The Creative Music Studio™ engages musicians and listeners from all backgrounds to deepen and broaden their musical sensitivity, expression and understanding through workshops, recordings and concerts worldwide.  The Creative Music Studio™ and CMS ™ are trademarks of the Creative Music Foundation, Inc., a 501(c)3 nonprofit corporation founded in 1971.

CMS Ensembles To Perform at Woodstock’s Maverick Concerts (September 2) and at the Drum Boogie Festival (September 9);

Scholarships Now Available for the CMS Fall Workshop with Billy Martin, Mary Halvorson, Omar Tekbilek and Others

 The revamped Creative Music Studio™ will present “in the Spirit of Don Cherry’ at Woodstock’s legendary Maverick Concerts, Saturday, September 2, at 8:00. Performed by the all-star CMS™ Improvisers Octet led by Karl Berger, ‘In the Spirit of Don Cherry’ will explore Cherry’s compositions as well as music inspired by him and will use those themes as launching pads for exciting improvisation that weave together jazz, world and contemporary music. Six members of the CMS Improvisers Octet played with Cherry: Karl Berger (piano, vibes, leader), Bob Stewart (tuba), Steven Bernstein (trumpet), Peter Apfelbaum (reeds, percussion), Ingrid Sertso (vocals), Graham Haynes (cornet); along with Woodstock’s Tani Tabbal (drums), and Adam Lane (bass). Tickets are $5 – $40 and available at the Maverick Concerts website. More detailed information is here.

 On Saturday, September 9, a CMS ensemble led by Karl Berger will perform a ‘World Boogie’ Set at the Drum Boogie Festival at Woodstock’s Andy Lee Field at 12 noon in a free public performance. CMS is responsible for bringing many extraordinary musicians to the Woodstock area and ten of them are performing in this ensemble. In the tradition of CMS, this ‘World Boogie Band’ combines melodies and rhythms from the world’s folk music with free-wheeling improvisation. The group includes CMS artistic directors/co-founders Karl Berger (vibes/piano) and Ingrid Sertso (vocals), Tani Tabbal (drums), Ken Filiano (bass), Don Davis (reeds), David Oliver (marimba), Joakim Larkey (percussion), Ted Orr (tabla and guitar), Peter Buettner (flutes) and Bill Ylitalo (reeds, flutes, percussion).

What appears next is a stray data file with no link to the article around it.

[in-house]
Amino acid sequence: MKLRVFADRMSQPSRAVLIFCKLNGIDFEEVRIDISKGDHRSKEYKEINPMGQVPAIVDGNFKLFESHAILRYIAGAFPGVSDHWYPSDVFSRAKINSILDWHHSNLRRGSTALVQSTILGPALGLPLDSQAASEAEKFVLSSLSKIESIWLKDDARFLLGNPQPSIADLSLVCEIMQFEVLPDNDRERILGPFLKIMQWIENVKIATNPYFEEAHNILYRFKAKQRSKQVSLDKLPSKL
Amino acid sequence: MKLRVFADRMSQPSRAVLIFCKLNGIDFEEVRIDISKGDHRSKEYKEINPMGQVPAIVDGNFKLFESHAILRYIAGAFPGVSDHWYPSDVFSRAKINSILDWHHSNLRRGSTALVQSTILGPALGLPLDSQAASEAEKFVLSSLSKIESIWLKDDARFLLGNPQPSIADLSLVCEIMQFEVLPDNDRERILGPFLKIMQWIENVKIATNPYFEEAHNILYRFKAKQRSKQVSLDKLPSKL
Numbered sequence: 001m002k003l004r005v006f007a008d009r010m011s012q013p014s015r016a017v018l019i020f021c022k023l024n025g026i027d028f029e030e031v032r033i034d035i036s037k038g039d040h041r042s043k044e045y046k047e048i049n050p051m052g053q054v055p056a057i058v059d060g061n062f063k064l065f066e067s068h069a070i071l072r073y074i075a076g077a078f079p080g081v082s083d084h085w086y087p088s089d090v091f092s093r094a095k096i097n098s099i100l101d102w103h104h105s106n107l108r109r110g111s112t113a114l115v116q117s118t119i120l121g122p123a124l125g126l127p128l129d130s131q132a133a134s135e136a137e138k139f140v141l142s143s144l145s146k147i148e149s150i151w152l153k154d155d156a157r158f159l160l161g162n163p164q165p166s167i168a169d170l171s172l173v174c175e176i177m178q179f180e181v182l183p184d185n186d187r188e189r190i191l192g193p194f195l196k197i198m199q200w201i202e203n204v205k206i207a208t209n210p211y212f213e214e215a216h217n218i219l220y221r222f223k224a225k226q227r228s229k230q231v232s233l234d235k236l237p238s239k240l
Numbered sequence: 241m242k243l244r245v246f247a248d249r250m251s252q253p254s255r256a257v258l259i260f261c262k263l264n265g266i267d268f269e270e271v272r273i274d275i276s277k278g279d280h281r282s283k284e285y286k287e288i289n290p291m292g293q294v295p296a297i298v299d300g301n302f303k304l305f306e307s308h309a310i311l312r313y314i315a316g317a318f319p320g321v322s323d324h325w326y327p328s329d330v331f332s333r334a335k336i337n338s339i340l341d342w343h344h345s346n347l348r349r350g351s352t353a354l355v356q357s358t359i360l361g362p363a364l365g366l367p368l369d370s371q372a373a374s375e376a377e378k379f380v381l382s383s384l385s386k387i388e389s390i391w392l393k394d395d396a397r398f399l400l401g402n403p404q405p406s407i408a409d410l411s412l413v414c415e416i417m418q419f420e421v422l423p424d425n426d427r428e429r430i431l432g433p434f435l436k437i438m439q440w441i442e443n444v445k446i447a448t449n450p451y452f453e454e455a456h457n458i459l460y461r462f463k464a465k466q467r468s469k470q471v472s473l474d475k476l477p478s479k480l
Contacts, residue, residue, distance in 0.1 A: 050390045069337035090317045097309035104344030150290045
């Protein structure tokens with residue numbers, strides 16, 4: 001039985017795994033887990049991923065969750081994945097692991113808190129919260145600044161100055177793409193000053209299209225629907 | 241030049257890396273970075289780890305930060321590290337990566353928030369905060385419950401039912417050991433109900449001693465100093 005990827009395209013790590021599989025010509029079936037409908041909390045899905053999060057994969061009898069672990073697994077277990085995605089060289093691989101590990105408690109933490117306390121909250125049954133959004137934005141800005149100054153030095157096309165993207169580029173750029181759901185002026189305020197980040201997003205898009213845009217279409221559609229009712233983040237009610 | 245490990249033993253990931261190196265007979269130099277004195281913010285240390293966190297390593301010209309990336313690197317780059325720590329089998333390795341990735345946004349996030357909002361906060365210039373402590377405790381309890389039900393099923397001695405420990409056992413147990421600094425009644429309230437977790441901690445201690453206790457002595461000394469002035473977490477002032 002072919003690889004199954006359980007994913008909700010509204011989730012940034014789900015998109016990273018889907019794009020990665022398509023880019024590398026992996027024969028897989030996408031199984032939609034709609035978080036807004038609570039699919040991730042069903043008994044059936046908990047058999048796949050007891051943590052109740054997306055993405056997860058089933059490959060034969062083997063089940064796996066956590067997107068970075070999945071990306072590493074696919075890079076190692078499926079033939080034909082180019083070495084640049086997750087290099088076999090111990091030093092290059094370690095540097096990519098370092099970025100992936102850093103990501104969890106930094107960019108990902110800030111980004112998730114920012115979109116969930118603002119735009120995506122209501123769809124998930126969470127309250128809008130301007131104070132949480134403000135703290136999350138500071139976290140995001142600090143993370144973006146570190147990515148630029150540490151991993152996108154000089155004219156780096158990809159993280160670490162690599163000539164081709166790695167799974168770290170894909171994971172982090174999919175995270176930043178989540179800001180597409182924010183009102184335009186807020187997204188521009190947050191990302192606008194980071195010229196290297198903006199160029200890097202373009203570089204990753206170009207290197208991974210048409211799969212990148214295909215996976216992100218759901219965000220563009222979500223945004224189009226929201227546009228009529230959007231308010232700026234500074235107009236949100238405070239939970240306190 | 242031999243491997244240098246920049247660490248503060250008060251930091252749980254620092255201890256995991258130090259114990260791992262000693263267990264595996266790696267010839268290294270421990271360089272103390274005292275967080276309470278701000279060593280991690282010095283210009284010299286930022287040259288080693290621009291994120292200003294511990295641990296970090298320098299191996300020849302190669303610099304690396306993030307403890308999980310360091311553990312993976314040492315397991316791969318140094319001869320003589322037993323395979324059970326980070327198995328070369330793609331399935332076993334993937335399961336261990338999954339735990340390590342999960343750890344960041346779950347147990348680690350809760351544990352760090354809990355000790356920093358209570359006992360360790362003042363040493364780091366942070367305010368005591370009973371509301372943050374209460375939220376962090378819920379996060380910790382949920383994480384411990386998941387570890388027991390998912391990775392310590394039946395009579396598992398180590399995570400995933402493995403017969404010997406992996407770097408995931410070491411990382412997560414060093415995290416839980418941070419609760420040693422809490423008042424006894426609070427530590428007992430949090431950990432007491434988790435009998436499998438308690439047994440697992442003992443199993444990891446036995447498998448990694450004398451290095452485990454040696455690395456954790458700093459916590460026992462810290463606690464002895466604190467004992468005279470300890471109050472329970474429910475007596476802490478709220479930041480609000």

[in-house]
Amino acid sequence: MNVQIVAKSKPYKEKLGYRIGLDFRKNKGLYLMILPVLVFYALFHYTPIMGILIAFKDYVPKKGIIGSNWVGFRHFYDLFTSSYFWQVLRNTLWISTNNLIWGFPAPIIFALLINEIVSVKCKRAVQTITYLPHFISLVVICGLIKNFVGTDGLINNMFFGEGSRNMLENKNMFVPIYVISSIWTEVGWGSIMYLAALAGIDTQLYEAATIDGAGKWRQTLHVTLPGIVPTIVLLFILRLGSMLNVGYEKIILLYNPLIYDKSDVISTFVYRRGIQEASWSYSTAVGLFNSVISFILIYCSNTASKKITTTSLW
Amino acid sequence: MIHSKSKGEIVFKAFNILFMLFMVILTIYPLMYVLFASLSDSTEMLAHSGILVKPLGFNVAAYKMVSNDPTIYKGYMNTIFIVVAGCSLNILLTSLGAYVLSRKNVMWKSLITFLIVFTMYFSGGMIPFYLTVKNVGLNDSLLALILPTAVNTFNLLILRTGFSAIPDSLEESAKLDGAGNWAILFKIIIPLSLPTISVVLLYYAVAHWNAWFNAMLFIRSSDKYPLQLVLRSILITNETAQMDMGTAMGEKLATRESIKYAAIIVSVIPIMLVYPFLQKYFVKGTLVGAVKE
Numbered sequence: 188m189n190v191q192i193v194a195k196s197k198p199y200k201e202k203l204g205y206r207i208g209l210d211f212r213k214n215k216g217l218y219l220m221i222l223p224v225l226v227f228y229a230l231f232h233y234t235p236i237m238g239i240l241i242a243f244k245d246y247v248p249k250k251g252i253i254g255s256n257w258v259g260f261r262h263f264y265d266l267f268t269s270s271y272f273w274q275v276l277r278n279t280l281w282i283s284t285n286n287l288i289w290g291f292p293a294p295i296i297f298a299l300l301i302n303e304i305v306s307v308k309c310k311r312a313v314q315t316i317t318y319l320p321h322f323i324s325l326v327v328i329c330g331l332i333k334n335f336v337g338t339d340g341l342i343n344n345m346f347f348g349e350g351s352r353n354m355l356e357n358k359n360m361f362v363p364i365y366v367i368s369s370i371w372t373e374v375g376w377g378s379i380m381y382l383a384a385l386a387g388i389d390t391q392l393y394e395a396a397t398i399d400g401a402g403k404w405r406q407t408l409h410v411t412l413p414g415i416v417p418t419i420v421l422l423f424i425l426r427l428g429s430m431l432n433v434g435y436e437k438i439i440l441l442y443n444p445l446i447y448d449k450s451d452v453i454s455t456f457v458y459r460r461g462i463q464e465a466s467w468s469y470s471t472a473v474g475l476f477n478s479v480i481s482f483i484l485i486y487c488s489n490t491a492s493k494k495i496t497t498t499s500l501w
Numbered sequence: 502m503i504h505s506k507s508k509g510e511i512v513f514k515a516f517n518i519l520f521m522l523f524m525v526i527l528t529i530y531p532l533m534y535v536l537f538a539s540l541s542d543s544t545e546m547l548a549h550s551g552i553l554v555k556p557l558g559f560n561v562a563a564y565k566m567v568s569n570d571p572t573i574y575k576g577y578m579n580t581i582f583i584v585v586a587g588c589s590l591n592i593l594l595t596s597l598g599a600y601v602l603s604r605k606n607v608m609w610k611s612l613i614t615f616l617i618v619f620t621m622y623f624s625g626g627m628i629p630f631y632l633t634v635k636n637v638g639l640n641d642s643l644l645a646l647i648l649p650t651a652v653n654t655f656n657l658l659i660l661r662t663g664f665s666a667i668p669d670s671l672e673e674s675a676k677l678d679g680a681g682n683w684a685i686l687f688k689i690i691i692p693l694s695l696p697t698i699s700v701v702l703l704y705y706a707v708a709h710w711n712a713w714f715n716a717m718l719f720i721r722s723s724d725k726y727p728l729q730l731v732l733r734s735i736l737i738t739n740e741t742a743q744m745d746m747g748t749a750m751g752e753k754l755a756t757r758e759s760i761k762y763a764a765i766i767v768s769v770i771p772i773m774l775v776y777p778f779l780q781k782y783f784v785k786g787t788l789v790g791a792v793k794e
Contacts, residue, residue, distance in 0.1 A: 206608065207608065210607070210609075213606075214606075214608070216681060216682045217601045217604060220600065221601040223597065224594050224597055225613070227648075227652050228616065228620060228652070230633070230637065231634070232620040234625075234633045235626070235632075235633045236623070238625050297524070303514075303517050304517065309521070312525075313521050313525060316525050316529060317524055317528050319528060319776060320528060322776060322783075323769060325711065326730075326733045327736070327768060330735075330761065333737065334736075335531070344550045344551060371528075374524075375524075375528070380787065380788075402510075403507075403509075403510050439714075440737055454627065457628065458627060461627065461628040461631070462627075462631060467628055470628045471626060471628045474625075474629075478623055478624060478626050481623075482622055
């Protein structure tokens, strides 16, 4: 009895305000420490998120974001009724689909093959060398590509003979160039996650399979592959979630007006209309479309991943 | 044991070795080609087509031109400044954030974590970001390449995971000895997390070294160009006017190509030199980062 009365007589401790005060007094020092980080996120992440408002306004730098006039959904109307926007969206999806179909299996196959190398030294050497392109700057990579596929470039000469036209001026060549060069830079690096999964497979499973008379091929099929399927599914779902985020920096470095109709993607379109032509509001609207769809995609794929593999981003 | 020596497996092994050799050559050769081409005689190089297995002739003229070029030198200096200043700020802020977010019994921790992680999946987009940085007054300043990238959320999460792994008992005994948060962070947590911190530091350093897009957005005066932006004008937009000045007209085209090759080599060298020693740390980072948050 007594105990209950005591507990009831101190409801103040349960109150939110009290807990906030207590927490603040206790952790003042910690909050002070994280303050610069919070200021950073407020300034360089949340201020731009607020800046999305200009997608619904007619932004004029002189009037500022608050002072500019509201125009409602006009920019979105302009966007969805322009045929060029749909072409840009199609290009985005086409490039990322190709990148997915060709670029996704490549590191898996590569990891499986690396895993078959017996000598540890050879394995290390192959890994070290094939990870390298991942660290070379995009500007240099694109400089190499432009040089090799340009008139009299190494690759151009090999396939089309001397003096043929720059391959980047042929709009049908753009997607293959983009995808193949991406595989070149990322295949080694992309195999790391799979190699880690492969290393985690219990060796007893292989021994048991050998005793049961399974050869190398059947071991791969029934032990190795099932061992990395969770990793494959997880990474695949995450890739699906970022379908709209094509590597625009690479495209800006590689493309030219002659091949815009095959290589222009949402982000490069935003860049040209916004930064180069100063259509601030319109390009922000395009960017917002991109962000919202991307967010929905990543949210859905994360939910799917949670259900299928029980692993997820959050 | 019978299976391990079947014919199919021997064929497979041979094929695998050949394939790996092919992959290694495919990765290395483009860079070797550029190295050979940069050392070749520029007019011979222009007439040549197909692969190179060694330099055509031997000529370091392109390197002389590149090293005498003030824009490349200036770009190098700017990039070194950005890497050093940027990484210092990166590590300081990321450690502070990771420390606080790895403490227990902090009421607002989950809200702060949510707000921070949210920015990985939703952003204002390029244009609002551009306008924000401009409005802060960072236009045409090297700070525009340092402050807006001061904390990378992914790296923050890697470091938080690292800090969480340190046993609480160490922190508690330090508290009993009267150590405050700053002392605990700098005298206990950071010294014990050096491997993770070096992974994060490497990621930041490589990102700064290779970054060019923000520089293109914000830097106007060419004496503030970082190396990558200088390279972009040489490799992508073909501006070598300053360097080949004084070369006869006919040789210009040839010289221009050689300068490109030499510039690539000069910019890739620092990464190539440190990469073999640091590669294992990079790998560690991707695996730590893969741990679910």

Scholarships Available for October Workshop

 Finally, CMS is pleased to announce the availability of financial support for those wanting to attend its CMS Fall Workshop, October 2 – 6, with guitarist/bandleader/composer Mary Halvorson, CMS associate artistic director and percussionist Billy Martin, Turkish multi-instrumentalist Omar Tekbilek and many others. Those wishing to inquire about scholarships for the Fall Workshop should contact CMS directly: mail@creativemusic.org.

The Creative Music Studio™ engages musicians and listeners from all backgrounds to deepen and broaden their musical sensitivity, expression and understanding through workshops, recordings and concerts worldwide.  The Creative Music Studio™ and CMS ™ are trademarks of the Creative Music Foundation, Inc., a 501(c)3 nonprofit corporation founded in 1971.

 

 

“In The Spirit of Don Cherry” to be Performed by the CMS Improvisers Octet Led by Karl Berger

Saturday, September 2, 2017, 8:00pm at Maverick Concerts, Woodstock, NY

 

 The revamped Creative Music Studio™ will present In the Spirit of Don Cherry at Woodstock’s legendary Maverick Concerts, Saturday, September 2, 2017, at 8:00. Performed by the all-star CMS™ Improvisers Octet led by Karl Berger, ‘In the Spirit of Don Cherry’ will explore Cherry’s compositions as well as music inspired by him and will use those themes as launching pads for exciting improvisation that weave together jazz, world and contemporary music. Tickets are $5 – $40 and available at the Maverick Concert website.

Six members of the CMS Improvisers Octet played with Cherry: Karl Berger (piano, vibes, leader), Bob Stewart (tuba), Steven Bernstein (trumpet), Peter Apfelbaum (reeds, percussion), Ingrid Sertso (vocals), Graham Haynes (cornet); along with Woodstock’s Tani Tabbal (drums), and Adam Lane (bass).